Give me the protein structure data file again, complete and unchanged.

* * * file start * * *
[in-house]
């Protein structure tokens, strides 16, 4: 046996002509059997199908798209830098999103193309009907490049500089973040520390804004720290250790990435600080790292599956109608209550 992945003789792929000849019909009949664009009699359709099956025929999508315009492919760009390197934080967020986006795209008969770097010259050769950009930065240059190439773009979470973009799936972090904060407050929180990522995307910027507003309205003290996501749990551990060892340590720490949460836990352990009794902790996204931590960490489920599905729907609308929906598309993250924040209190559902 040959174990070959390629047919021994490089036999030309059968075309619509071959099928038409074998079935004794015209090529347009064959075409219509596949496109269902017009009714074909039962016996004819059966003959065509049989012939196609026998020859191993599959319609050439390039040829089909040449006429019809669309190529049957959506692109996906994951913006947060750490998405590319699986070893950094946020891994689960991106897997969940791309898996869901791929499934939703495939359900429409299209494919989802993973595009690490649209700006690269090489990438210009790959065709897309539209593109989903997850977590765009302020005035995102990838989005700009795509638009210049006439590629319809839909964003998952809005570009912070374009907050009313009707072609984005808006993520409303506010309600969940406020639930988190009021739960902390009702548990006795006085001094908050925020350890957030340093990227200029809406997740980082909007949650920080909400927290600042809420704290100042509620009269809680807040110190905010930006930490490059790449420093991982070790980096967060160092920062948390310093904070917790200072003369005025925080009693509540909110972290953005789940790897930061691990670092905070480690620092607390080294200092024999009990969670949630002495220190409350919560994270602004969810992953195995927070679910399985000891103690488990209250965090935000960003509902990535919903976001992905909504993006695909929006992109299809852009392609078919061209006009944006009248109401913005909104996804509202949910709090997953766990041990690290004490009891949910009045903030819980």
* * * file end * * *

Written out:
[in-house]
């Protein structure tokens, strides 16, 4: 046996002509059997199908798209830098999103193309009907490049500089973040520390804004720290250790990435600080790292599956109608209550 992945003789792929000849019909009949664009009699359709099956025929999508315009492919760009390197934080967020986006795209008969770097010259050769950009930065240059190439773009979470973009799936972090904060407050929180990522995307910027507003309205003290996501749990551990060892340590720490949460836990352990009794902790996204931590960490489920599905729907609308929906598309993250924040209190559902 040959174990070959390629047919021994490089036999030309059968075309619509071959099928038409074998079935004794015209090529347009064959075409219509596949496109269902017009009714074909039962016996004819059966003959065509049989012939196609026998020859191993599959319609050439390039040829089909040449006429019809669309190529049957959506692109996906994951913006947060750490998405590319699986070893950094946020891994689960991106897997969940791309898996869901791929499934939703495939359900429409299209494919989802993973595009690490649209700006690269090489990438210009790959065709897309539209593109989903997850977590765009302020005035995102990838989005700009795509638009210049006439590629319809839909964003998952809005570009912070374009907050009313009707072609984005808006993520409303506010309600969940406020639930988190009021739960902390009702548990006795006085001094908050925020350890957030340093990227200029809406997740980082909007949650920080909400927290600042809420704290100042509620009269809680807040110190905010930006930490490059790449420093991982070790980096967060160092920062948390310093904070917790200072003369005025925080009693509540909110972290953005789940790897930061691990670092905070480690620092607390080294200092024999009990969670949630002495220190409350919560994270602004969810992953195995927070679910399985000891103690488990209250965090935000960003509902990535919903976001992905909504993006695909929006992109299809852009392609078919061209006009944006009248109401913005909104996804509202949910709090997953766990041990690290004490009891949910009045903030819980």